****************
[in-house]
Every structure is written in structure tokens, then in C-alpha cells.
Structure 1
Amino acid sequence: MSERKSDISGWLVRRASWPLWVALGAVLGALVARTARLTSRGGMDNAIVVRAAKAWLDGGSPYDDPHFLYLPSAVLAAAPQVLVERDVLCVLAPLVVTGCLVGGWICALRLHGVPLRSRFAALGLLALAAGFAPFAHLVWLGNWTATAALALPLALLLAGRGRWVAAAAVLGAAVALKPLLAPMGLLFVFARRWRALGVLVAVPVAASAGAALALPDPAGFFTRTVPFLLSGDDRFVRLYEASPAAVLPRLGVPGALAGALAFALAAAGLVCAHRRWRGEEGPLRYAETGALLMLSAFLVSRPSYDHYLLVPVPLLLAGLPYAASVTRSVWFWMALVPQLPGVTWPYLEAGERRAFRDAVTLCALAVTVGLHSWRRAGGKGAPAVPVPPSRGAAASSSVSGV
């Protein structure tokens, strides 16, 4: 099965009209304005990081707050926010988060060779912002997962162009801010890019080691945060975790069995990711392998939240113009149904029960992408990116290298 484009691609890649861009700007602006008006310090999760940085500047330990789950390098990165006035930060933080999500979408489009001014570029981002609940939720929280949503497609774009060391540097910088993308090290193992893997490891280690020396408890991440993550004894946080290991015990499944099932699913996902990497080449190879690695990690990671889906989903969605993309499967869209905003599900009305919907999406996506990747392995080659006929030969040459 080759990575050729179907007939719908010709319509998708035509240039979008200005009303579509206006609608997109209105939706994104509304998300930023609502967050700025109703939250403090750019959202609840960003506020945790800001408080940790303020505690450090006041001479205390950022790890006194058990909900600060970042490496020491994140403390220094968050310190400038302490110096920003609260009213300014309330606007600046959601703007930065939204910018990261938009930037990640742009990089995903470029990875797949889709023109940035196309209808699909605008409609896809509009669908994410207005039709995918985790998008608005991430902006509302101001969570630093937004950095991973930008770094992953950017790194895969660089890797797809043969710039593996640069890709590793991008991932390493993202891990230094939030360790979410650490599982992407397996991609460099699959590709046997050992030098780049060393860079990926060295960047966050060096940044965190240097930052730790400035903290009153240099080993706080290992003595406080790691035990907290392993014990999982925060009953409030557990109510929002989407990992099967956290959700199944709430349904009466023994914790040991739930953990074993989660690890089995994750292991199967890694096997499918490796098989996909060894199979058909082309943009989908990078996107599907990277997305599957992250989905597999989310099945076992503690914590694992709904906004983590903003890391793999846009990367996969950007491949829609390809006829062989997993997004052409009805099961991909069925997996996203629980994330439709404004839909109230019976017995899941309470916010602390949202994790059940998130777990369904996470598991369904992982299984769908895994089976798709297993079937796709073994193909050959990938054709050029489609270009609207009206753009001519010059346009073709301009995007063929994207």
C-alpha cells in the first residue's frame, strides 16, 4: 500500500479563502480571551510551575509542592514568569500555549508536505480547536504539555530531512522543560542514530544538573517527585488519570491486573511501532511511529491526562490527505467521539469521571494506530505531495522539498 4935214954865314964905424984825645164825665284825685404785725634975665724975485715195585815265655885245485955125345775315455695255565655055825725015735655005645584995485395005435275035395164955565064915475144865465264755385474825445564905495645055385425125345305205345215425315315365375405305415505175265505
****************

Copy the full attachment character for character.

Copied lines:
[in-house]
Every structure is written in structure tokens, then in C-alpha cells.
Structure 1
Amino acid sequence: MSERKSDISGWLVRRASWPLWVALGAVLGALVARTARLTSRGGMDNAIVVRAAKAWLDGGSPYDDPHFLYLPSAVLAAAPQVLVERDVLCVLAPLVVTGCLVGGWICALRLHGVPLRSRFAALGLLALAAGFAPFAHLVWLGNWTATAALALPLALLLAGRGRWVAAAAVLGAAVALKPLLAPMGLLFVFARRWRALGVLVAVPVAASAGAALALPDPAGFFTRTVPFLLSGDDRFVRLYEASPAAVLPRLGVPGALAGALAFALAAAGLVCAHRRWRGEEGPLRYAETGALLMLSAFLVSRPSYDHYLLVPVPLLLAGLPYAASVTRSVWFWMALVPQLPGVTWPYLEAGERRAFRDAVTLCALAVTVGLHSWRRAGGKGAPAVPVPPSRGAAASSSVSGV
């Protein structure tokens, strides 16, 4: 099965009209304005990081707050926010988060060779912002997962162009801010890019080691945060975790069995990711392998939240113009149904029960992408990116290298 484009691609890649861009700007602006008006310090999760940085500047330990789950390098990165006035930060933080999500979408489009001014570029981002609940939720929280949503497609774009060391540097910088993308090290193992893997490891280690020396408890991440993550004894946080290991015990499944099932699913996902990497080449190879690695990690990671889906989903969605993309499967869209905003599900009305919907999406996506990747392995080659006929030969040459 080759990575050729179907007939719908010709319509998708035509240039979008200005009303579509206006609608997109209105939706994104509304998300930023609502967050700025109703939250403090750019959202609840960003506020945790800001408080940790303020505690450090006041001479205390950022790890006194058990909900600060970042490496020491994140403390220094968050310190400038302490110096920003609260009213300014309330606007600046959601703007930065939204910018990261938009930037990640742009990089995903470029990875797949889709023109940035196309209808699909605008409609896809509009669908994410207005039709995918985790998008608005991430902006509302101001969570630093937004950095991973930008770094992953950017790194895969660089890797797809043969710039593996640069890709590793991008991932390493993202891990230094939030360790979410650490599982992407397996991609460099699959590709046997050992030098780049060393860079990926060295960047966050060096940044965190240097930052730790400035903290009153240099080993706080290992003595406080790691035990907290392993014990999982925060009953409030557990109510929002989407990992099967956290959700199944709430349904009466023994914790040991739930953990074993989660690890089995994750292991199967890694096997499918490796098989996909060894199979058909082309943009989908990078996107599907990277997305599957992250989905597999989310099945076992503690914590694992709904906004983590903003890391793999846009990367996969950007491949829609390809006829062989997993997004052409009805099961991909069925997996996203629980994330439709404004839909109230019976017995899941309470916010602390949202994790059940998130777990369904996470598991369904992982299984769908895994089976798709297993079937796709073994193909050959990938054709050029489609270009609207009206753009001519010059346009073709301009995007063929994207």
C-alpha cells in the first residue's frame, strides 16, 4: 500500500479563502480571551510551575509542592514568569500555549508536505480547536504539555530531512522543560542514530544538573517527585488519570491486573511501532511511529491526562490527505467521539469521571494506530505531495522539498 4935214954865314964905424984825645164825665284825685404785725634975665724975485715195585815265655885245485955125345775315455695255565655055825725015735655005645584995485395005435275035395164955565064915475144865465264755385474825445564905495645055385425125345305205345215425315315365375405305415505175265505